Regardless of the periodontal status of AN patients, conflicting data are available in literature. For example, Romanos et al., reviewed the orofacial manifestations in patients with ED. According to these authors periodontal disease is an uncommon manifestation in EDs patients, suggesting that an avitaminosis-C may play a role in worsening the periodontal status of these subjects [53].
Tothóva et al., reported that oxidative stress has been implicated in the etiology and pathogenesis of periodontitis. In particular, the production of proteolytic enzymes and the respiratory burst of neutrophils mediated by enzymes such as NADPH oxidase and myeloperoxidase have been indicated as factors that lead to the generation of ROS and oxidative stress [43]. However, to the best of our knowledge, no previous studies have investigated the relationship between the periodontal status and salivary SOD concentration of AN subjects.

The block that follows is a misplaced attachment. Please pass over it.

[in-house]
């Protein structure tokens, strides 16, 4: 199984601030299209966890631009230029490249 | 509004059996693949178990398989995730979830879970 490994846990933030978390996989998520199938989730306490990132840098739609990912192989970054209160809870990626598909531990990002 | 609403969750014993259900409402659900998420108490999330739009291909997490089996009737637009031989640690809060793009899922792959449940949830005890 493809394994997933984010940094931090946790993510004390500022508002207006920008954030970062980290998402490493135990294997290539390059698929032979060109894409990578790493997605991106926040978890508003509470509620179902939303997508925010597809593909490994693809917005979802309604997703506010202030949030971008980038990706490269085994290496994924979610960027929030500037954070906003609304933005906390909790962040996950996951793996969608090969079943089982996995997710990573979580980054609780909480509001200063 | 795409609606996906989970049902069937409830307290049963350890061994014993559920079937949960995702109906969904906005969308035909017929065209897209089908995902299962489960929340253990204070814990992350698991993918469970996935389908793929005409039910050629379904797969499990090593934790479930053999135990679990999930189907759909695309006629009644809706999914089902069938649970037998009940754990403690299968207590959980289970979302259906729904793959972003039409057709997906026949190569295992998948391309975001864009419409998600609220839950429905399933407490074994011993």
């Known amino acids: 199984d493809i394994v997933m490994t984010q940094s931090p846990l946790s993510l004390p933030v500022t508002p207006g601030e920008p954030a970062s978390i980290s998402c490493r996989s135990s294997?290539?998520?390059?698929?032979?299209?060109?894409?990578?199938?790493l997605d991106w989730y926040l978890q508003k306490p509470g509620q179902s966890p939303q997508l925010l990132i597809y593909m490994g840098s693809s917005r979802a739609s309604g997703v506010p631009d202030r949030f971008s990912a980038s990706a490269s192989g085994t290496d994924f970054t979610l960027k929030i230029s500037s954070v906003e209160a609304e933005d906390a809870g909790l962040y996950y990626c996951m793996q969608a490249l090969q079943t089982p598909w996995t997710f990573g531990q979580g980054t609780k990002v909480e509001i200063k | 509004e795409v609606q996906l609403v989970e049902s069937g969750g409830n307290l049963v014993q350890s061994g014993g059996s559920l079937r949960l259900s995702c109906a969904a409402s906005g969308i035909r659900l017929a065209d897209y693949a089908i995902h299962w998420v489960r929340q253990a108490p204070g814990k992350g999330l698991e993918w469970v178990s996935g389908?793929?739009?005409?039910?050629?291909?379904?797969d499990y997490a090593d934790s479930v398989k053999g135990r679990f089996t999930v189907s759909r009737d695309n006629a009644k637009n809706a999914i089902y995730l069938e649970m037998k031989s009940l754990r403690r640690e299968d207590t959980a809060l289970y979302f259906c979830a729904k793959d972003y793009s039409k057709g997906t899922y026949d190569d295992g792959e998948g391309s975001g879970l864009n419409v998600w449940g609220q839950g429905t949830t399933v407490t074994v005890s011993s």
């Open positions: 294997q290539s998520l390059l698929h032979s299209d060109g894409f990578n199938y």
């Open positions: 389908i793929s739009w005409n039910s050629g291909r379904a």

Almerich-Silla et al., attempted to determine the association between different periodontal bacteria and oxidative stress parameters [54]. Oxidative stress biomarkers, total antioxidant capacity, and antioxidant enzymatic activity were evaluated. A significant increase of all oxidative stress marker levels was observed, except for SOD concentration, suggesting the lack of an association between SOD and periodontal pathogens.
Novakovic et al., investigated the influence of non-surgical periodontal treatment on salivary antioxidants and evaluated their capacity as biomarkers in reflecting periodontal tissue condition and treatment outcome, showing a positive correlation between SOD and gingivitis [55]. SOD concentration was higher in patients with chronic periodontitis than in healthy control subjects; moreover, SOD concentration decreased in response to non-surgical periodontal treatment. On the contrary, Trivedi et al., assessing the activity of SOD levels in saliva of 30 patients diagnosed with chronic periodontitis compared to 30 healthy controls, reported that SOD levels were statistically significantly lower in the test group than in the control one [56].